Java Session 3 - Streams and Threads

idiotdiscSoftware and s/w Development

Aug 15, 2012 (5 years and 3 days ago)

222 views



University of Ulster

1

Java Session 8


Servlets and JDBC

Java Session
0
8



Web Servers,
Servlets and JDBC

Introduction

In this session we explore web servers and the three
-
tier client
-
server model. The
World Wide Web (WWW) started life as part of a distributed document system.
The idea was that the WWW consist
ed of a set of nodes, each of which contained a
tree of documents. In practice, each node containe
d a computer which had a Web
Server. The Web server accessed a file folder which, together with its sub
-
folders,
contained files which could be sent to any
client via the Internet.

Very rapidly it was realised that this set
-
up could easily be extended so that rather
than serving documents, Web servers could be sent requests input by users, and
return dynamically generated pages.

If the request was con
v
erted i
nto SQL then the Web server could interact with a
database system, which could be on another server. Then the Web server would be
responsible for relaying the results of the SQL request back to the client.

In this session we start by creating a simple Web

server which always returns the
same file. There are two ways of accessing the server:
the first is via a browser
such as Firefox, and the second is via
a specially written client which can be run
from the MS
-
DOS command line and which
displays debugging

information.

Next, we create a dynamic Web server. The user is able to send the name of a car
brand to the server, and it replies with a dynamically
-
generated page.

In the final section of the practical we create a servlet
-
based application in which
user
s are able to interrogate a database and get results. This application uses the
well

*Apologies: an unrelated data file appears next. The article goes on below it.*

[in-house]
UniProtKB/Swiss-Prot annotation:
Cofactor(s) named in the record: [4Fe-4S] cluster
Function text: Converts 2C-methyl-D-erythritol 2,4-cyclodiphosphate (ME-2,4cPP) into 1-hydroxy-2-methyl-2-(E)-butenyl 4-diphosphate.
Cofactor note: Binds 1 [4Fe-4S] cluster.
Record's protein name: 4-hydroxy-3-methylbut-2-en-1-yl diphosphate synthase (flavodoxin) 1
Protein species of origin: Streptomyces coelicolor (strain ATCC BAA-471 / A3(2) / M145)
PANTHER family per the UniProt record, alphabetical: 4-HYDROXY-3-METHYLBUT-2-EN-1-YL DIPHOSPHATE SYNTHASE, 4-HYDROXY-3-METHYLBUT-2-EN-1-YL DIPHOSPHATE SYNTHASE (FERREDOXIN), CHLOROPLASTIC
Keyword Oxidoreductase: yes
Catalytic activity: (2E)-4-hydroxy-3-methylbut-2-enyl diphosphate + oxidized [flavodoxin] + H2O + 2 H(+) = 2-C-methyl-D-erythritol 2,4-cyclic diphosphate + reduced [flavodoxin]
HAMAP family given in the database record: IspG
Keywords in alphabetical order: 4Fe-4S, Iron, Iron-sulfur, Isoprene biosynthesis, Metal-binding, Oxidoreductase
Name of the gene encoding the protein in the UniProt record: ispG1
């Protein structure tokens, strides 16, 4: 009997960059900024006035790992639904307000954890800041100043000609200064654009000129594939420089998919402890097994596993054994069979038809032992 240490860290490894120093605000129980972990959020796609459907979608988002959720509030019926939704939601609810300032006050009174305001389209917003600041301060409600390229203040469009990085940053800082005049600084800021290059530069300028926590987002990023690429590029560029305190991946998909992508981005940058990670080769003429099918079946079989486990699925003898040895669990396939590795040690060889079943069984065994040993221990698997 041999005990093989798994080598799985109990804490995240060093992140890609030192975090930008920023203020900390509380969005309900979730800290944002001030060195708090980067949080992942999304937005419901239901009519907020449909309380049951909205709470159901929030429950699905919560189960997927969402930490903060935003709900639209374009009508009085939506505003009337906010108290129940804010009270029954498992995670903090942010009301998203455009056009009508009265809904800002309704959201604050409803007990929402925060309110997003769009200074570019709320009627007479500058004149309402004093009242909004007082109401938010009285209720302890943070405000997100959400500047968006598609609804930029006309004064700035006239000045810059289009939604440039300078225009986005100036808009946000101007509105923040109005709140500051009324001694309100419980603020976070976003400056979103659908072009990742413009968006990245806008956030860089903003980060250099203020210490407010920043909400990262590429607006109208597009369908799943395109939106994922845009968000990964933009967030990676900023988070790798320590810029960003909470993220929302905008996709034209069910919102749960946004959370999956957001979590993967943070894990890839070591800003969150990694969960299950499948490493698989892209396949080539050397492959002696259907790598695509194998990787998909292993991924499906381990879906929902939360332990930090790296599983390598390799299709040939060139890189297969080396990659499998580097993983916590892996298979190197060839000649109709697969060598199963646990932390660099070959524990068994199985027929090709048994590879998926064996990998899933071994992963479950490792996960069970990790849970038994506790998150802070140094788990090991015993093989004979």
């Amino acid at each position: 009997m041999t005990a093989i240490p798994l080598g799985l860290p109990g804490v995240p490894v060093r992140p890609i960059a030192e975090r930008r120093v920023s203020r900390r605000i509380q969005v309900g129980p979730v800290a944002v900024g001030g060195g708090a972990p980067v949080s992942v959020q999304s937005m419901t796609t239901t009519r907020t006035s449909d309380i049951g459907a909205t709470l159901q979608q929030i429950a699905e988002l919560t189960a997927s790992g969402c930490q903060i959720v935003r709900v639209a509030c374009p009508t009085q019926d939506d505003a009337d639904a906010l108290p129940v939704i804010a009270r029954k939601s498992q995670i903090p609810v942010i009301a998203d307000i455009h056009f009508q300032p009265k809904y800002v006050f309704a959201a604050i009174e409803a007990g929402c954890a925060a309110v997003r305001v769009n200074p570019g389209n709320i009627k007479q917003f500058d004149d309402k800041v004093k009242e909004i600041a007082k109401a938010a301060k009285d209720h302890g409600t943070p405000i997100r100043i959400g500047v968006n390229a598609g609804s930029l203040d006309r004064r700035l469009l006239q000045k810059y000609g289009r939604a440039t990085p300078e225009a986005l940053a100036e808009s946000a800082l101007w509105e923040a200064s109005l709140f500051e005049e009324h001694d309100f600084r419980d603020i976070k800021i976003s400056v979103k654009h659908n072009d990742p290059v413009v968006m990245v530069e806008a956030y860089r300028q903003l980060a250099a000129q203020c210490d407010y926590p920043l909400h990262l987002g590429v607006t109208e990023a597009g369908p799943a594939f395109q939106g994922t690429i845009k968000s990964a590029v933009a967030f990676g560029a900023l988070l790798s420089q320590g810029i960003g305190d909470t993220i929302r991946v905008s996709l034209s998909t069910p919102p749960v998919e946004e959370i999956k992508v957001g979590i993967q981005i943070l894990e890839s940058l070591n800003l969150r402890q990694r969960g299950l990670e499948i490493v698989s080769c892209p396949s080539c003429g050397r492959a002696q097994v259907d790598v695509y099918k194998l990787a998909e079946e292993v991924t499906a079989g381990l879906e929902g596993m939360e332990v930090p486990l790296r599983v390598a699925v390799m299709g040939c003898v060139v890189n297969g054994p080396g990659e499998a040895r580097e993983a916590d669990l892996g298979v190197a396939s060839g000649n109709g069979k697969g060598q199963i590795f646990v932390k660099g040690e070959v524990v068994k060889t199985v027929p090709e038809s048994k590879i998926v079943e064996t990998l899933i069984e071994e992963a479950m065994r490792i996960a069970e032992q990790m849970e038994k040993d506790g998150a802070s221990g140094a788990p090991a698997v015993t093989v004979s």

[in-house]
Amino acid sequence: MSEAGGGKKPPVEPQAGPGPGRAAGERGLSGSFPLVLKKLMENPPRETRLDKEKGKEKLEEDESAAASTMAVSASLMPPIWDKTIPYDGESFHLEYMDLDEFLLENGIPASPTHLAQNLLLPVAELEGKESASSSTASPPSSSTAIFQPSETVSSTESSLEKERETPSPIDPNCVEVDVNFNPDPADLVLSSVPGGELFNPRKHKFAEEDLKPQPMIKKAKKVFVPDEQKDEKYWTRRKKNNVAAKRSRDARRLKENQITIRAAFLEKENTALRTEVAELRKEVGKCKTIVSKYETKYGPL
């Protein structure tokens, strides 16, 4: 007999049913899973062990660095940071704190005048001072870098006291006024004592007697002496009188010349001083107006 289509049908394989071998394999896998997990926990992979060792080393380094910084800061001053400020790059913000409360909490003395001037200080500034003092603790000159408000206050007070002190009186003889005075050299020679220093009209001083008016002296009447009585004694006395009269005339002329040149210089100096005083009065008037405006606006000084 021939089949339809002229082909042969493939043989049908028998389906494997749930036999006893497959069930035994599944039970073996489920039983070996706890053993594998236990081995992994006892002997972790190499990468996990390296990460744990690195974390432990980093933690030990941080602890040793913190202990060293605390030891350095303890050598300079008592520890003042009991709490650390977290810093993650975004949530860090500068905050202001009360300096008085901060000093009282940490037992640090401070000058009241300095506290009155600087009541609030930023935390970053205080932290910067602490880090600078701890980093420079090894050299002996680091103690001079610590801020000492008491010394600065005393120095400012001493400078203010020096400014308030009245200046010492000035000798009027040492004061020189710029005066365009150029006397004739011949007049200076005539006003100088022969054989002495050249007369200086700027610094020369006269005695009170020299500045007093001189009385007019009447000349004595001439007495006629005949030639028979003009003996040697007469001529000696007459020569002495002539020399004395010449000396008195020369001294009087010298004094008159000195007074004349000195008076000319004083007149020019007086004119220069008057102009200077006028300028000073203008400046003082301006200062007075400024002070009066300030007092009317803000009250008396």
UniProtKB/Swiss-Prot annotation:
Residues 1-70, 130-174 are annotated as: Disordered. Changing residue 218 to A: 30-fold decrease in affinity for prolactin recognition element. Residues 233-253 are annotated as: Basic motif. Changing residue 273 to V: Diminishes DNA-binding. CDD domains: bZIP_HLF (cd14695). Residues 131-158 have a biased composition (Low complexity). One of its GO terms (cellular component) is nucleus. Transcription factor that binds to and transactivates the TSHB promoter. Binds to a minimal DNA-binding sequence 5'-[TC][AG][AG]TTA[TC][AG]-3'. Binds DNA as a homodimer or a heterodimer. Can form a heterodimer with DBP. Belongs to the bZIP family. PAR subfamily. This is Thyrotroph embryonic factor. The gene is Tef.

-
known Tomcat server.



A Simple Web Server

Web servers are simply servers which follow the
hype
r
text transfer protocol
, http.
A
browser
is a program which is designed t
o act a client of a web
-
server. If you
are using a browser such as Mozilla Firefox or Internet Explorer, the browser
makes a TCP connection with the server named in the browsing bar. For example
if you type:


http://www.infj.ulst.ac.uk


The

browser will
connect to the server at the URL
www.infj.ulst.ac.uk

on port 80.
(Port 80 is the default port for all Web servers.)

The server will return
an HTTP
header

and then
a page of HTML text

to the
browser
. The brows
er will display the text, formatted as specified by the HTML
embedded commands.

Of course, in general you can add extra information to the
request, such as


University of Ulster

2

Java Session 8


Servlets and JDBC

specifying the name of a file that you want to view: For example, the file
openhour.html

is viewed
using the following URL:


http://www.infj.ulst.ac.uk/openhour.html


You can also send a specific request to a server, using
parameters.
For example, if
you want

to send a car brand to

the local Web server (at 127.0
.0.1) you can just
type:

http://127.0.0.1
/?brand=ford

This sends the value
ford

for the parameter

brand

to the server.


The
First Web Server
Program

The program below is contained in the Netbeans package
webserver
.


/*


* Main.java


*/


package webserver;


import java.net.*;

import java.io.*;

import java.util.*;


public class Main extends Thread {



private byte[] content;


private byte[] header;


private int port = 82
;



public Main(String data, String encoding,


String MIMEType, int port)


throws UnsupportedEnc
odingException {


this(data.getBytes(encoding), encoding, MIMEType, port);


}



public Main(byte[] data, String encoding,


String MIMEType, int port) throws UnsupportedEncodingException {




this.content = data;


t
his.port = port;


String header = "HTTP/1.0 200 OK
\
r
\
n" +


"Server: Dodgy Jack 1.0
\
r
\
n" +


"Content
-
length: " + this.content.length + "
\
r
\
n" +


"Content
-
type: " + MIMEType + "
\
r
\
n
\
r
\
n";


System.out.print
ln("Header is:" + header);